Bermudian specialist insurance and reinsurance firm AXIS Capital Holdings Limited has estimated its losses from recent Japanese typhoon Hagibis at somewhere between $90 million and $110 million, net of accounting for recoveries from reinsurance and retrocession.
AXIS Capital has set its loss reserve estimate based on an expected insurance and reinsurance industry-wide impact from typhoon Hagibis of $11 billion.
That sits at the top-end of the modelled loss estimate from RMS ($7bn to $11bn) and slightly in the lower-half of AIR Worldwide’s ($8bn to $16bn).
There is still significant uncertainty over where the industry loss from typhoon Hagibis will settled and AXIS Capital has pegged its estimate at up to 1% of the industry toll. Hence any creep above the $11 billion top-end of where it has set its estimate would mean a rising proportion of its fourth-quarter catastrophe loss budget would be eaten up by the storm.
However, given when Japanese primary carriers tend to provide updates on these major losses, usually closer to the end of Q1, AXIS’s estimate may not need significant updating before the end of this year anyway.
In giving its estimate as between $90 million and $110 million, net of any estimated recoveries from reinsurance and retrocessional protection, plus including estimated reinstatement premiums, AXIS Capital is also accounting for any flow of losses to its strategic capital partners.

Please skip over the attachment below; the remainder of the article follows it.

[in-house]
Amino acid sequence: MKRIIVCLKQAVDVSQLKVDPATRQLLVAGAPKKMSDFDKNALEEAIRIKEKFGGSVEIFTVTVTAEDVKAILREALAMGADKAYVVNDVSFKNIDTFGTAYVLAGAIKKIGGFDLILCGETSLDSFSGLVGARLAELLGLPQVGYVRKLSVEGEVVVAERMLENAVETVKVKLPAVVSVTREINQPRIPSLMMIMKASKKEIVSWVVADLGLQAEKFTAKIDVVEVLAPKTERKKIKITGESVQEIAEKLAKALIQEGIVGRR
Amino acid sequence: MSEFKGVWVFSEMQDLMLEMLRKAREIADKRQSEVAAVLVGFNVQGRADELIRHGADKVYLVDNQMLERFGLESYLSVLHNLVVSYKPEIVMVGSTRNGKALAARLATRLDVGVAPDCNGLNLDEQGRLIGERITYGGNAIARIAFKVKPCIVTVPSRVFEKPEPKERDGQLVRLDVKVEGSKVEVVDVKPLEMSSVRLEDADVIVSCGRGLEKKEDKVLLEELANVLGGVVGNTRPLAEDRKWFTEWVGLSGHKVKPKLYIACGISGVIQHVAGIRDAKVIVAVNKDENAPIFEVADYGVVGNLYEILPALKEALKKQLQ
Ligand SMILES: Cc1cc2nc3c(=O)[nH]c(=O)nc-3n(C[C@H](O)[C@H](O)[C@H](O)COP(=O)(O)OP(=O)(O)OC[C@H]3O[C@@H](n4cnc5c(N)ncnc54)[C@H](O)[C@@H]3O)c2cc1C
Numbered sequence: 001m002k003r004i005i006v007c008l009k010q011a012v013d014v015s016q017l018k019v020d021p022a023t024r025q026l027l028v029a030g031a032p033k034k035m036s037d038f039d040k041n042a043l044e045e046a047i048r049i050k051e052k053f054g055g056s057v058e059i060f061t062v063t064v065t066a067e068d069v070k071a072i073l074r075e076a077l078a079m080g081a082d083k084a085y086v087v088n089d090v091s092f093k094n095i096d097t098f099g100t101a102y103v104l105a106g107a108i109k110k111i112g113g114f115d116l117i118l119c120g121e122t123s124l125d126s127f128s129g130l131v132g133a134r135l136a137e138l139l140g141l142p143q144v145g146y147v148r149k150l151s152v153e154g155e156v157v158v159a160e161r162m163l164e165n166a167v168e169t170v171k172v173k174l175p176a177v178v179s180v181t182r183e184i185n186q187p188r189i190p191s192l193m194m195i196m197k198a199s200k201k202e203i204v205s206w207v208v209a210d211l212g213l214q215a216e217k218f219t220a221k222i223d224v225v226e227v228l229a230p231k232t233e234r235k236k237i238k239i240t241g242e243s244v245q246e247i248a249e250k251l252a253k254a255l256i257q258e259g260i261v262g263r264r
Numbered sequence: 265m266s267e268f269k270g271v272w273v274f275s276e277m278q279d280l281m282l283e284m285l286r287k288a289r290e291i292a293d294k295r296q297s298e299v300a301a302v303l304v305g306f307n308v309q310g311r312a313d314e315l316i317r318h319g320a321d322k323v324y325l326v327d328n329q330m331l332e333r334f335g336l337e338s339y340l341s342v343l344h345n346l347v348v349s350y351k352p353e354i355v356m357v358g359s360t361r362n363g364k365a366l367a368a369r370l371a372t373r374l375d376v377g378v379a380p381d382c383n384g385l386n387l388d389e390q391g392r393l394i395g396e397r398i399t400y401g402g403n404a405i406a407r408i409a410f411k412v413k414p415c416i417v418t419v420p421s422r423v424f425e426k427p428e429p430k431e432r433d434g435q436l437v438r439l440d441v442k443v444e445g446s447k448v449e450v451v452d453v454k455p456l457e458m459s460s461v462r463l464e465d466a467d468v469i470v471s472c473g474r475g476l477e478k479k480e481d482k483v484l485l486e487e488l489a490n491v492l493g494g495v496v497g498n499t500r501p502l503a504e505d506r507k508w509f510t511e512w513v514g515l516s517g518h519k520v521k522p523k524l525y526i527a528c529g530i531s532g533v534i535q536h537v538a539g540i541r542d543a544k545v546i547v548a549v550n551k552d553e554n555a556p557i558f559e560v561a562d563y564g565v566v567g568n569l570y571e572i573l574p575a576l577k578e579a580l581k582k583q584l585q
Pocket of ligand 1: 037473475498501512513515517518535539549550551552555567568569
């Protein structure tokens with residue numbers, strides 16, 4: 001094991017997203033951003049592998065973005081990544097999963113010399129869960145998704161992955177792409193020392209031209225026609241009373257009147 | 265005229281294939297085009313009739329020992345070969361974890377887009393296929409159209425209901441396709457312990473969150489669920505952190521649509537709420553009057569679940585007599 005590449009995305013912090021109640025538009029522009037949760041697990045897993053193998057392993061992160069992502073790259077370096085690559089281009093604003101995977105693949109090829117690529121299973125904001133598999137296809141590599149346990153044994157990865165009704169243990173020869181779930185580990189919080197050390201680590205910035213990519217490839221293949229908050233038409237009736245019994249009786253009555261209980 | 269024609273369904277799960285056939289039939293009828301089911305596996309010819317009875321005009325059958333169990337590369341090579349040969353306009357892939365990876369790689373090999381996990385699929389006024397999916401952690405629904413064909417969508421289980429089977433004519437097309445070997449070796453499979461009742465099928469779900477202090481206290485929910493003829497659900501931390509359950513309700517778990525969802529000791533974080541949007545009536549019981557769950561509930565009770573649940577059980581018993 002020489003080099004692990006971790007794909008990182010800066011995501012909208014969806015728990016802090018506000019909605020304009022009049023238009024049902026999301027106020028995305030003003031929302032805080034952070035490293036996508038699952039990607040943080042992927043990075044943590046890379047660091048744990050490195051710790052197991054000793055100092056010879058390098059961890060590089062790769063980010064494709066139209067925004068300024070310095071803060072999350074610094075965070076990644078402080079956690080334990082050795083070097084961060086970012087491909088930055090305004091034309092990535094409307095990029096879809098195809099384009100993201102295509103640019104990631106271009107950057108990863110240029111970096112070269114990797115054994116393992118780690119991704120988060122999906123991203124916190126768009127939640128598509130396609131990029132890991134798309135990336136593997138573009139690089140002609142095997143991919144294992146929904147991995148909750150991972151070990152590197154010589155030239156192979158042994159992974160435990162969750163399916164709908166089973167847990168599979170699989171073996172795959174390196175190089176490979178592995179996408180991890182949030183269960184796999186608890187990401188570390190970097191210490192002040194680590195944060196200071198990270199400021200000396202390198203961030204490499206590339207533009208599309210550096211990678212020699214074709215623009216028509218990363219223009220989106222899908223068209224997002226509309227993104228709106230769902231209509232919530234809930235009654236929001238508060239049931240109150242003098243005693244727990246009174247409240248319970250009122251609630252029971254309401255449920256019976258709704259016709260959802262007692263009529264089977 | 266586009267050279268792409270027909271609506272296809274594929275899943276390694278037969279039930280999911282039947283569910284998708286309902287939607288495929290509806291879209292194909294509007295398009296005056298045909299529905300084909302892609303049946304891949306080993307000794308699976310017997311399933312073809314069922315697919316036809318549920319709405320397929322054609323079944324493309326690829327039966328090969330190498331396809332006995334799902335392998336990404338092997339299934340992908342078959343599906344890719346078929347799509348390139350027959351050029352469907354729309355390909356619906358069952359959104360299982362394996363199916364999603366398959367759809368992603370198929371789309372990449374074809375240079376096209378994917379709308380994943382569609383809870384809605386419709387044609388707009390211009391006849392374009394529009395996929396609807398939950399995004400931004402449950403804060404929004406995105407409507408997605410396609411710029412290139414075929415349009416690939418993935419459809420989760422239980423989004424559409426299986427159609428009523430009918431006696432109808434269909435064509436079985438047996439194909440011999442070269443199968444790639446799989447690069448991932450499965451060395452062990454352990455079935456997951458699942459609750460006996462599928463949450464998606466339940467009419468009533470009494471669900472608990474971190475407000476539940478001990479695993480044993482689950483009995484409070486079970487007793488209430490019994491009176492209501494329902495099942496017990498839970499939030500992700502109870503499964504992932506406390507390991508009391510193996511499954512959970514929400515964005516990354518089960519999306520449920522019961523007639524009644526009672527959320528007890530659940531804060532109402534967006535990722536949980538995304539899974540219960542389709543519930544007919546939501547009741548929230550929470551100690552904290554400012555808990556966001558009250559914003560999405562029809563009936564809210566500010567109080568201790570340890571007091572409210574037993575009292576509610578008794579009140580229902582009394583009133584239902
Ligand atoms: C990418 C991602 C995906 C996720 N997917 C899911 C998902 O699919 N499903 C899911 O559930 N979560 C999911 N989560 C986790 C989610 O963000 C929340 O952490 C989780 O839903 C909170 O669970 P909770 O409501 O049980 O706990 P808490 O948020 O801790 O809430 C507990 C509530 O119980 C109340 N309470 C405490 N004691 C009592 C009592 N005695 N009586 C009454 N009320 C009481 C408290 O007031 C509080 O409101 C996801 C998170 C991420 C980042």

AXIS Capital has a significant amount of third-party capital arrangements, including private quota shares with large insurance-linked securities (ILS) investors that will take a portion of its typhoon Hagibis loss.
Therefore, it’s difficult to estimate the ultimate impact to the firm but it is expected to be much higher than the estimate it has put out, as third-party strategic capital partners again share in the re/insurers fortunes.
AXIS Capital has roughly $2.1 billion of third-party capital under management in total, more than $1 billion of which is in ILS structures, private quota share deals with investors, and sidecar like collateralized reinsurance strategies. A number of these arrangements may support its ability to pay claims from typhoon Hagibis.
It’s interesting that AXIS has been less conservative when setting its loss estimate for typhoon Hagibis than it was for typhoon Faxai, having set an estimate for that storm nearer to the consensus top-end of the modelled loss estimates.
However, in Q3 AXIS suffered some full limit losses on aggregate reinsurance treaties that won’t have been in effect anymore for Hagibis, which could see its loss from the second typhoon representing a smaller share of the market than for Faxai.
AXIS does warn of the potential for its early estimate to prove wrong and the industry toll from Hagibis to rise further.
“The additional complexity caused by the multiple catastrophic events that have occurred in Japan in recent months, together with the expectation of a relatively high proportion of flood related losses attributable to Typhoon Hagibis, are also likely to lead to increased uncertainty surrounding the estimated net ultimate loss for this event,” the company explained.
Analysts at KBW said that the up to $110 million typhoon Hagibis loss estimate from AXIS Capital is consistent with what they’d expect, representing roughly 1.9-2.3% of 3Q19 shareholders’ equity, and would fit within the analysts estimate of a $162 million catastrophe allowance for the fourth-quarter.
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